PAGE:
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Subject: RE: [dita] Inverse conditionals: was: RE: [dita] New DITA Issues

I think authoring tools will have to provide some sort of front end to conditional processing in any case. Telling authors that they have to edit these attributes directly probably won't fly, and hand-editing attributes is error-prone anyway. FrameMaker has a front-end, but it's PI-based. Epic can enforce coherent conditions using a custom profiling configuration (.pcf), and this will work with native DITA. I would love to see how XMetal's UI will look.
-----Original Message-----
From: Paul Prescod [mailto:paul.prescod@blastradius.com]
Sent: Friday, July 29, 2005 11:03 AM
To: Chris Wong; dita@lists.oasis-open.org
Subject: RE: [dita] Inverse conditionals: was: RE: [dita] New DITA Issues

This is exactly what we are doing. But software other than ours will not enforce rules against nonsensical combinations like:


<step audience=”Customer1 NotCustomer1”>…</step> (contradictory)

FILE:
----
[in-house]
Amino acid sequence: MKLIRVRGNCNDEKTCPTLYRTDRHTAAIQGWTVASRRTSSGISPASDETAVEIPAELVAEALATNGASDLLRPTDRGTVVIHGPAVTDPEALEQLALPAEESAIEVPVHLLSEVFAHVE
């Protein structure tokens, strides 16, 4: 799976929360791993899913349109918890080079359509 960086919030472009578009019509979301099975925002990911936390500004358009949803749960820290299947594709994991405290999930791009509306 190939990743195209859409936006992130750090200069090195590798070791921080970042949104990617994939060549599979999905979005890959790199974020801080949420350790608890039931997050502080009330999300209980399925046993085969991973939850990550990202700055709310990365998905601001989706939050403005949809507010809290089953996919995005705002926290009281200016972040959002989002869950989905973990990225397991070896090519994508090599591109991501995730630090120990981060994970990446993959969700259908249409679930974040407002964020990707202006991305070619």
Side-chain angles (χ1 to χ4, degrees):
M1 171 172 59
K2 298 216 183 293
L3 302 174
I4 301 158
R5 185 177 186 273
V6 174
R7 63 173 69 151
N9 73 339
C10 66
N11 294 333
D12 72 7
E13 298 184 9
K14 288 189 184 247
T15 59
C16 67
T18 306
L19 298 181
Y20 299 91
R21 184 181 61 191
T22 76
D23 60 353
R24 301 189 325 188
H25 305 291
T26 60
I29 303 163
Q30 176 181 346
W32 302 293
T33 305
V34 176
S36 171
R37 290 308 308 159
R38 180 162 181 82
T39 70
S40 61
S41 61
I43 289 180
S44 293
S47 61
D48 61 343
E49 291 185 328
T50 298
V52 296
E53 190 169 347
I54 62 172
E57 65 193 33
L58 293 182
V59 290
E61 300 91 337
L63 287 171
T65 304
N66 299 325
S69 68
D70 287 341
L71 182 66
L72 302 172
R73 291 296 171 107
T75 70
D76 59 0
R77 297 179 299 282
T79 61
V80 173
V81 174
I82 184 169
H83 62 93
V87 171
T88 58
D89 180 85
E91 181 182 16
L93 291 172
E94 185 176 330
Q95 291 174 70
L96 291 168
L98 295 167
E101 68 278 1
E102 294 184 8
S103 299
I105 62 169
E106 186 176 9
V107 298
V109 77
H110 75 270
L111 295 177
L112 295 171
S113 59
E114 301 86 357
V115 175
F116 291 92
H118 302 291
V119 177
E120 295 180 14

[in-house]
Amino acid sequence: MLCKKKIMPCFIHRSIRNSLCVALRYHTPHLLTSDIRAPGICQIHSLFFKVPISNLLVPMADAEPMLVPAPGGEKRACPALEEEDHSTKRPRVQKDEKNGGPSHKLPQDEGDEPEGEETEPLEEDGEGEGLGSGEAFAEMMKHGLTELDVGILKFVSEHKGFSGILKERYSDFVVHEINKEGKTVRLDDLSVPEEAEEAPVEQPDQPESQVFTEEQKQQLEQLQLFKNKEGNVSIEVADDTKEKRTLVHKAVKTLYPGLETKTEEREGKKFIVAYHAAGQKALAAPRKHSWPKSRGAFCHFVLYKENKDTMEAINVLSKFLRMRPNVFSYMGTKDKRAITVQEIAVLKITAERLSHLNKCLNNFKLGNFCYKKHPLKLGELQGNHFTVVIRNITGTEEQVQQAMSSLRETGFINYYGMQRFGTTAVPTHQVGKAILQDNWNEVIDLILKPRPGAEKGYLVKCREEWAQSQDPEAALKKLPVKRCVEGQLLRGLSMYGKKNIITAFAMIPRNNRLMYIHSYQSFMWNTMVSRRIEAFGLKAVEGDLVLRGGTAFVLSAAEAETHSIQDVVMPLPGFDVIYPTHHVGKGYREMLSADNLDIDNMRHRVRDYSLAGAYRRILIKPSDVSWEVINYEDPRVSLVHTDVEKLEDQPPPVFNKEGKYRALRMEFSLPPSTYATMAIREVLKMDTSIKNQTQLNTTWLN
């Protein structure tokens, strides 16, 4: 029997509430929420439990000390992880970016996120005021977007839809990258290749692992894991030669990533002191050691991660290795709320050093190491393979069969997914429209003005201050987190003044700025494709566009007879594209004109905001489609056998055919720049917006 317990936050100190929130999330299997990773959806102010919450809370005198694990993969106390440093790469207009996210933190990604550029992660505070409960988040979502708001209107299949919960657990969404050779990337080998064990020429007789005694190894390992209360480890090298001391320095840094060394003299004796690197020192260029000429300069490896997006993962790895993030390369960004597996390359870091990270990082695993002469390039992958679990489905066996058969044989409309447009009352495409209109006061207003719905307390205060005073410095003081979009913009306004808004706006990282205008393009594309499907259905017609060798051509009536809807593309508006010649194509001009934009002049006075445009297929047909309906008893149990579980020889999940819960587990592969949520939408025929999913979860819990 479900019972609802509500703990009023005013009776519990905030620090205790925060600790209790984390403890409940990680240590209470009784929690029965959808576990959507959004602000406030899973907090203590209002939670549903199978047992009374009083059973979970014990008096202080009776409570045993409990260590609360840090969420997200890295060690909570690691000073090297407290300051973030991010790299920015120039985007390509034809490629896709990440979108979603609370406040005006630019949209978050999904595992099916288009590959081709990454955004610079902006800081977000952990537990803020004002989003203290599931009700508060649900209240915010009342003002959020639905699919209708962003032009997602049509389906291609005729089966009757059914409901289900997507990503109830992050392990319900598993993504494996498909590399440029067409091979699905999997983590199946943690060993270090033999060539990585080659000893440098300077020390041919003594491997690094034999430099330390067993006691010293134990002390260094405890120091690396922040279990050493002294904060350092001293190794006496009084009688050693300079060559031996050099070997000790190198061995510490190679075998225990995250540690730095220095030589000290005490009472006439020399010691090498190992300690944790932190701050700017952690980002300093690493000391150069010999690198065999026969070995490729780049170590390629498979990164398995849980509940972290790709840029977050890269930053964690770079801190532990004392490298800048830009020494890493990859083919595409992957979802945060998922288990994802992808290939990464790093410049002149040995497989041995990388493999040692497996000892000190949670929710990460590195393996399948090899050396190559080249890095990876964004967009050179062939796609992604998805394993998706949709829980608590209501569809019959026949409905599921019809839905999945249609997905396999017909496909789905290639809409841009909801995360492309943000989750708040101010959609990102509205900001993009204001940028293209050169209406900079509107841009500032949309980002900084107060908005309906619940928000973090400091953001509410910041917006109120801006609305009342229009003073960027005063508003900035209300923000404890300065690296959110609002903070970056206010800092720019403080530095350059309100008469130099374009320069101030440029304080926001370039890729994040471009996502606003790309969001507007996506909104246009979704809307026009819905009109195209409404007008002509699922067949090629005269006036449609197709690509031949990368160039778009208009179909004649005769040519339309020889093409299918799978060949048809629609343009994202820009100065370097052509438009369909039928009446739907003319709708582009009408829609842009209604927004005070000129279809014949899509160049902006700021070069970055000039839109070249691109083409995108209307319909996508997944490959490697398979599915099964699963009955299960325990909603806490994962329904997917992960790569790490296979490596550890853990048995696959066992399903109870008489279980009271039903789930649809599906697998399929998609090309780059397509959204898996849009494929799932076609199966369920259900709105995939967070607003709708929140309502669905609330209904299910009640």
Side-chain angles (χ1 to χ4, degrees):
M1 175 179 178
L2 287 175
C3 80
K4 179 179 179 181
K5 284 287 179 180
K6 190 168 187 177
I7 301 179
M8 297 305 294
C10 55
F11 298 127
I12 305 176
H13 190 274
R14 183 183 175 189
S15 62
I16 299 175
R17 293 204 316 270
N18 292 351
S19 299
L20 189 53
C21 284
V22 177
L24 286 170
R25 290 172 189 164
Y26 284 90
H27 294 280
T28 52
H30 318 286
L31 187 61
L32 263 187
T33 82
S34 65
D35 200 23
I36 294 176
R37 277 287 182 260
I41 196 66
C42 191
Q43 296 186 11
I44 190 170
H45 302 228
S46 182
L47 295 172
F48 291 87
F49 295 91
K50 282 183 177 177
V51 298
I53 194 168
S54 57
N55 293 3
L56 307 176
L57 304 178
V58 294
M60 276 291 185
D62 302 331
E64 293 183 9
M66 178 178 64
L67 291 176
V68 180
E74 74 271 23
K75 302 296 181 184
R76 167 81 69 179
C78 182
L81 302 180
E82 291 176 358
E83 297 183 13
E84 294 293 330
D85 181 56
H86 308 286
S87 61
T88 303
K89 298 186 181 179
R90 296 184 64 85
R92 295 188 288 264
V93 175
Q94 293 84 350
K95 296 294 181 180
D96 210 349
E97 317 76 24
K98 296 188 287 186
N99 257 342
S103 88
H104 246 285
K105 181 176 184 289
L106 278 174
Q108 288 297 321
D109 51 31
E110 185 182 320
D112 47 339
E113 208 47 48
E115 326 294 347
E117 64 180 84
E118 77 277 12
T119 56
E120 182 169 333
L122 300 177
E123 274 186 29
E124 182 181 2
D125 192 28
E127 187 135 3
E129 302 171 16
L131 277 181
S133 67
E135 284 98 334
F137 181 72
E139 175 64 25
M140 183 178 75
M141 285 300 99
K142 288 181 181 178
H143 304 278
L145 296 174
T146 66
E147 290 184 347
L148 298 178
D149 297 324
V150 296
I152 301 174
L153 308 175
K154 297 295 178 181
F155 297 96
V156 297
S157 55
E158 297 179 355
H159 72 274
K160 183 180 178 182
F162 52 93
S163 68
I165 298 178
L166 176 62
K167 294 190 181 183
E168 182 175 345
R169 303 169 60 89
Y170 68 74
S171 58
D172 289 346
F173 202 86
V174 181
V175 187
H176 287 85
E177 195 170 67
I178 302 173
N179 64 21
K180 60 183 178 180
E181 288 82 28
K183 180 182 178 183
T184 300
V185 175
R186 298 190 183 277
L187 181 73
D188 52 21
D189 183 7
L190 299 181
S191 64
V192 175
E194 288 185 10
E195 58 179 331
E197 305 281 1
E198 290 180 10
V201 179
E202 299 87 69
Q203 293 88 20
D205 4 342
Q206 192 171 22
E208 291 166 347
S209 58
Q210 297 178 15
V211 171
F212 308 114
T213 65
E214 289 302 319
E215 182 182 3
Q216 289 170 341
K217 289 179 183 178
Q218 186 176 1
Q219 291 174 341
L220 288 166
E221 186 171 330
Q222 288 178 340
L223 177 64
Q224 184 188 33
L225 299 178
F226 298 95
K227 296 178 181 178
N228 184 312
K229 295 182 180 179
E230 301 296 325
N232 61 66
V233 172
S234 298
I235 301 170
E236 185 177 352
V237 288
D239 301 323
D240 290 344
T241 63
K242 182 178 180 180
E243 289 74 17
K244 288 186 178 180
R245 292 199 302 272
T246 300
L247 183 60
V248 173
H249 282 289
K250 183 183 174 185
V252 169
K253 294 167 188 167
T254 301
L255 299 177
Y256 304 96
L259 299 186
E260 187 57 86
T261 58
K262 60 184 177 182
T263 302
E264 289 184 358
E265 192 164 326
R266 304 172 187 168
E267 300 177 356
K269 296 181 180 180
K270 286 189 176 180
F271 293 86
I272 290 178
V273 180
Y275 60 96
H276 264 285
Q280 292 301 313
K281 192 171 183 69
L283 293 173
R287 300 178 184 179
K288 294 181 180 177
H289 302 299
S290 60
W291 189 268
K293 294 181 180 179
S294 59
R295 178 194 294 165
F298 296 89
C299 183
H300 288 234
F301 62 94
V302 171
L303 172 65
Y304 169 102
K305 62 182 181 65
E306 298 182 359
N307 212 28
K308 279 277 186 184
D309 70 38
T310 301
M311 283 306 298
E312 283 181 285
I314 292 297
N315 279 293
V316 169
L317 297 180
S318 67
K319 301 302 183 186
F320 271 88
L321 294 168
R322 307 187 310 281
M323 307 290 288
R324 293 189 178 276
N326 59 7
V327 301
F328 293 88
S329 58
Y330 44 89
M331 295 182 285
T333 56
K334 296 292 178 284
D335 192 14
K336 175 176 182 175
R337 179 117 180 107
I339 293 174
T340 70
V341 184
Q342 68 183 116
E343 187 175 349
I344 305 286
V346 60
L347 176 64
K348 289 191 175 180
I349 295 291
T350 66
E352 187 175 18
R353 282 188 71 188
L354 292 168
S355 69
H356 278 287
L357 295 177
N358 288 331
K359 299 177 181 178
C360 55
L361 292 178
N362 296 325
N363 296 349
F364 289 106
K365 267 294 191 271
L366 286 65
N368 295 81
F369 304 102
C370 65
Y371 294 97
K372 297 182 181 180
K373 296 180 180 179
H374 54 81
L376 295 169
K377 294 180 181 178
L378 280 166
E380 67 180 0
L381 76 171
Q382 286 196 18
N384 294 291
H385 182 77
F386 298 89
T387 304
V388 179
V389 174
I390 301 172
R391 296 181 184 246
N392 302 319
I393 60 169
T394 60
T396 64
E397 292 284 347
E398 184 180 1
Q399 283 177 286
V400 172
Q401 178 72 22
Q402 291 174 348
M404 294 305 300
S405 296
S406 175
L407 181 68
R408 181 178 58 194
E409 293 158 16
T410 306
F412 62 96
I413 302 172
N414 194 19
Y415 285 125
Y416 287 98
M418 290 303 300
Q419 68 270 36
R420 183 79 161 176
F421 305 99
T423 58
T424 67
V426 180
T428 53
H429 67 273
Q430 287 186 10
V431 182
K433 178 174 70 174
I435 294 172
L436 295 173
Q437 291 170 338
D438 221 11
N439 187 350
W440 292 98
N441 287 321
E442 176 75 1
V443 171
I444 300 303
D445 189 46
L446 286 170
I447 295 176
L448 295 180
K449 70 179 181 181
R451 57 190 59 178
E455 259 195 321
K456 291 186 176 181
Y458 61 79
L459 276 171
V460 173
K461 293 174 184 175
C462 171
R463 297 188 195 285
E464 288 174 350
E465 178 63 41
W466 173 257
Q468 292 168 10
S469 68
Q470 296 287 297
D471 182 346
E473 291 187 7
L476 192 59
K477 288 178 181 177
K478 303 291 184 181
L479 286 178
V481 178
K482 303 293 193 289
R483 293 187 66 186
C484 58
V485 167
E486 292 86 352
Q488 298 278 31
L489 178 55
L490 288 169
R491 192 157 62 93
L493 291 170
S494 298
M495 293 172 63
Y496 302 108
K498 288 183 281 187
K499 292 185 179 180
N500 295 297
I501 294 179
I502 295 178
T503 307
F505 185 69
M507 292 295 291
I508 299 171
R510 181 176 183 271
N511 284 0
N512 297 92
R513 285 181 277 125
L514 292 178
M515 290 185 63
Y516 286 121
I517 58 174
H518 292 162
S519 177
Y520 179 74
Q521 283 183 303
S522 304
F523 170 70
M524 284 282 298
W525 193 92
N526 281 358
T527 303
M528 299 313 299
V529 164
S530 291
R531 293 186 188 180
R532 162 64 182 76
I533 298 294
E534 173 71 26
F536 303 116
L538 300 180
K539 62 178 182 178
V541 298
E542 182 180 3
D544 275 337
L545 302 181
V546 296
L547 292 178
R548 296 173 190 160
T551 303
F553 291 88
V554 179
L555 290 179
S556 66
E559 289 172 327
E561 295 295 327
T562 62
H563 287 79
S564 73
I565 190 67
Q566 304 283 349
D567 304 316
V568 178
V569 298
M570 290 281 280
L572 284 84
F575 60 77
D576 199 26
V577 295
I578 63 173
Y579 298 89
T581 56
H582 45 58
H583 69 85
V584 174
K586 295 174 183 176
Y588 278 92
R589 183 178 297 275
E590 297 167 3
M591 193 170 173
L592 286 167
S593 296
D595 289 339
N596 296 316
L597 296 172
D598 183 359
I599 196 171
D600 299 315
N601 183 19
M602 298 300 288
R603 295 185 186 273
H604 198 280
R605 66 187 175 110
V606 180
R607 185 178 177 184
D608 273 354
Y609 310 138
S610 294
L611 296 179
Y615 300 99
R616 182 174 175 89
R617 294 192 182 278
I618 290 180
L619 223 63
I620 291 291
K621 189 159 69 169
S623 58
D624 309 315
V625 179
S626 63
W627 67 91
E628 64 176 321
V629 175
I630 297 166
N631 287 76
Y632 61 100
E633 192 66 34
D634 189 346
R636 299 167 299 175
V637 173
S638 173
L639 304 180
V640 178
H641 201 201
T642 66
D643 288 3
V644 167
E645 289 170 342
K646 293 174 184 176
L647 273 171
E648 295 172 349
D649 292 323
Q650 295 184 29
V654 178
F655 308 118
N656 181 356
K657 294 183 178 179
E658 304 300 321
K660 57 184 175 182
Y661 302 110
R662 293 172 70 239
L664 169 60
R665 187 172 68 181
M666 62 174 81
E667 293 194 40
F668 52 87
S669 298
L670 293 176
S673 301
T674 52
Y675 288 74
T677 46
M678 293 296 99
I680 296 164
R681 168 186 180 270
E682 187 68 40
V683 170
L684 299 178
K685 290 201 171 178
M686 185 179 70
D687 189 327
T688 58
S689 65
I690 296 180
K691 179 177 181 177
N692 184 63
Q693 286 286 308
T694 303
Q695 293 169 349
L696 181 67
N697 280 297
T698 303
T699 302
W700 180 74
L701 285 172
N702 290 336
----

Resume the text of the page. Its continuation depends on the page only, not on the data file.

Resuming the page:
<step audience=”Customer2 NotCustomer1”> … </step> (redundant)


DITA-aware authoring applications should flag those nonsensical combinations and can only do so if there is a standardized way of recognizing which conditions are inverses of other conditions.


Furthermore, the end-user must manage the process of always excluding Customer1 when they include NotCustomer1 and vice versa. The toolkit should do that automatically.


But anyhow, I agree with you that the basic mechanism is already there. The only question is whether to make it standardized and robust.


 Paul Prescod


From: Chris Wong [mailto:cwong@idiominc.com]
Sent: Friday, July 29, 2005 6:35 AM
To: dita@lists.oasis-open.org
Subject: RE: [dita] Inverse conditionals: was: RE: [dita] New DITA Issues


While semantically DITA's metadata attributes are supposed to express positive conditions, the processing itself can do inverse conditions. This is from the DITA 1.0 architectural specification as an example of DITAVAL input:

<prop att="product" val="extendedprod" action="exclude"/>

That is an inverse conditional, as far as I'm concerned. So for Paul's example, he could use:

<step audience="Customer1">Only for customer 1</step>

<step audience="NotCustomer1">Default for most folks</step>

and for most customers DITAVAL would contain:

<prop att="audience" val="Customer1" action="exclude"/>

<prop att="audience" val="NotCustomer1" action="include"/>

For customer 1, the include/exclude would be inverted. Isn't this an inverse conditional the way Paul is describing?



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